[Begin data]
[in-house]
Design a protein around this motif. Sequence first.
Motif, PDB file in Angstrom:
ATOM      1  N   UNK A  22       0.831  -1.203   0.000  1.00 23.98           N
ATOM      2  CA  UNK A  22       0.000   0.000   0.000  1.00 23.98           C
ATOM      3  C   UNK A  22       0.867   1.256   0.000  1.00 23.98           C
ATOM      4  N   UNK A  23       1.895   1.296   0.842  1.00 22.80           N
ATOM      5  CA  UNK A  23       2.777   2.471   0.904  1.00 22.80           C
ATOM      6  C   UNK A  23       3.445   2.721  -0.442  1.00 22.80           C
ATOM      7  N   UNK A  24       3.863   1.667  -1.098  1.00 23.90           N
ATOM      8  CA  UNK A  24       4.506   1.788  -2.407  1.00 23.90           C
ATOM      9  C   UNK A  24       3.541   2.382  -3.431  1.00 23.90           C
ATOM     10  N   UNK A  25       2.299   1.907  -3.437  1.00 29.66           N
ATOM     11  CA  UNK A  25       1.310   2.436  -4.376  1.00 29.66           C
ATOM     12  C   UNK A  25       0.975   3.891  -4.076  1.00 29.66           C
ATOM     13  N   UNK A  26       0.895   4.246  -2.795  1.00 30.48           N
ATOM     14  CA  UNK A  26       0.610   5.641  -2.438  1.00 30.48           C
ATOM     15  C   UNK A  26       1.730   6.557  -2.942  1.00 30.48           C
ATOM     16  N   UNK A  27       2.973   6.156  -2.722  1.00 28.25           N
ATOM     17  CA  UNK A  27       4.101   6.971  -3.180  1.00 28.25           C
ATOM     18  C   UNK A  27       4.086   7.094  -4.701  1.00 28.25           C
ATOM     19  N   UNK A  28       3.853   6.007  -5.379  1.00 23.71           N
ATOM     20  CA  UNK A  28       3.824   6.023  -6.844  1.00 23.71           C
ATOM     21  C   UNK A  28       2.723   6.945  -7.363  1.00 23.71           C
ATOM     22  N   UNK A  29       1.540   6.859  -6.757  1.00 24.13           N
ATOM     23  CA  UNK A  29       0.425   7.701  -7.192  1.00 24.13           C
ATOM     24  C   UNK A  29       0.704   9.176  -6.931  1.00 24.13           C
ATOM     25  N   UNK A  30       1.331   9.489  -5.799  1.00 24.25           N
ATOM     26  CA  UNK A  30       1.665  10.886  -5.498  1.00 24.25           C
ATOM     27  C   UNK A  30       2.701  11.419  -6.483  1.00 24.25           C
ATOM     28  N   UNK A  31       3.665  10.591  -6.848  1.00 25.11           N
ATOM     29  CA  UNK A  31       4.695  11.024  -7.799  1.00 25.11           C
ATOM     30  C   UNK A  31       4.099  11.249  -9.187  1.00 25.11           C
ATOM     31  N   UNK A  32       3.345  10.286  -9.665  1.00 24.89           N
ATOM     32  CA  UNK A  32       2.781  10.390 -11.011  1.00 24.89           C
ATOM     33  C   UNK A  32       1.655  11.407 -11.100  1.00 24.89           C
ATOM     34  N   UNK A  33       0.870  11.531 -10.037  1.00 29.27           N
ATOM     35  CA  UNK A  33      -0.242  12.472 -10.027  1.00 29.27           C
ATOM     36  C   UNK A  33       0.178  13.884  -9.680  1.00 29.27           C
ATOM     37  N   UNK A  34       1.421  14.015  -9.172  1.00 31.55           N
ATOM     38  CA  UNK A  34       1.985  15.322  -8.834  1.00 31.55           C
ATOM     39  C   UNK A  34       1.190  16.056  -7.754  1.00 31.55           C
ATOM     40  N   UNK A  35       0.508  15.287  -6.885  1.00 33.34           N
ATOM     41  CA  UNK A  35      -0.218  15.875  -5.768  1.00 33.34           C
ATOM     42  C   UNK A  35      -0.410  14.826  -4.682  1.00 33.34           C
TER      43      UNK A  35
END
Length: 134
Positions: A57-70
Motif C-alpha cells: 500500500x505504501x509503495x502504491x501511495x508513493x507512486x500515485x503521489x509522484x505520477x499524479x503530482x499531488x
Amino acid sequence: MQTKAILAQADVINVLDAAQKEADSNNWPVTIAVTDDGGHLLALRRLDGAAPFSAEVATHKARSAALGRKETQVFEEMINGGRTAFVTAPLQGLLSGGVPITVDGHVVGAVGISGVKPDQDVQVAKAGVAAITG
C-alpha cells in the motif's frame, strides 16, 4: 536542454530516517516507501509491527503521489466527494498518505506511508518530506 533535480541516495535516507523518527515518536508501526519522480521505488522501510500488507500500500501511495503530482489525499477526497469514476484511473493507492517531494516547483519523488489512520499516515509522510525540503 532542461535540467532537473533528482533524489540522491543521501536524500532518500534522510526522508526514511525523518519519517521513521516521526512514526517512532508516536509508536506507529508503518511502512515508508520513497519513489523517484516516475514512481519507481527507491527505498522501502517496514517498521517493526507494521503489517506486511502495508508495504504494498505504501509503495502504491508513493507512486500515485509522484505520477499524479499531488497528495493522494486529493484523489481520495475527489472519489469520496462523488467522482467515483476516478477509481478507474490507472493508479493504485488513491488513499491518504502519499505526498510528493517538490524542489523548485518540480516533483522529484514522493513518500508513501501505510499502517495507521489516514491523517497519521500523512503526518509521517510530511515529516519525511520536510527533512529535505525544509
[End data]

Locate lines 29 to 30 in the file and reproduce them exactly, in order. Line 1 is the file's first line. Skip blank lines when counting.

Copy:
ATOM     26  CA  UNK A  30       1.665  10.886  -5.498  1.00 24.25           C
ATOM     27  C   UNK A  30       2.701  11.419  -6.483  1.00 24.25           C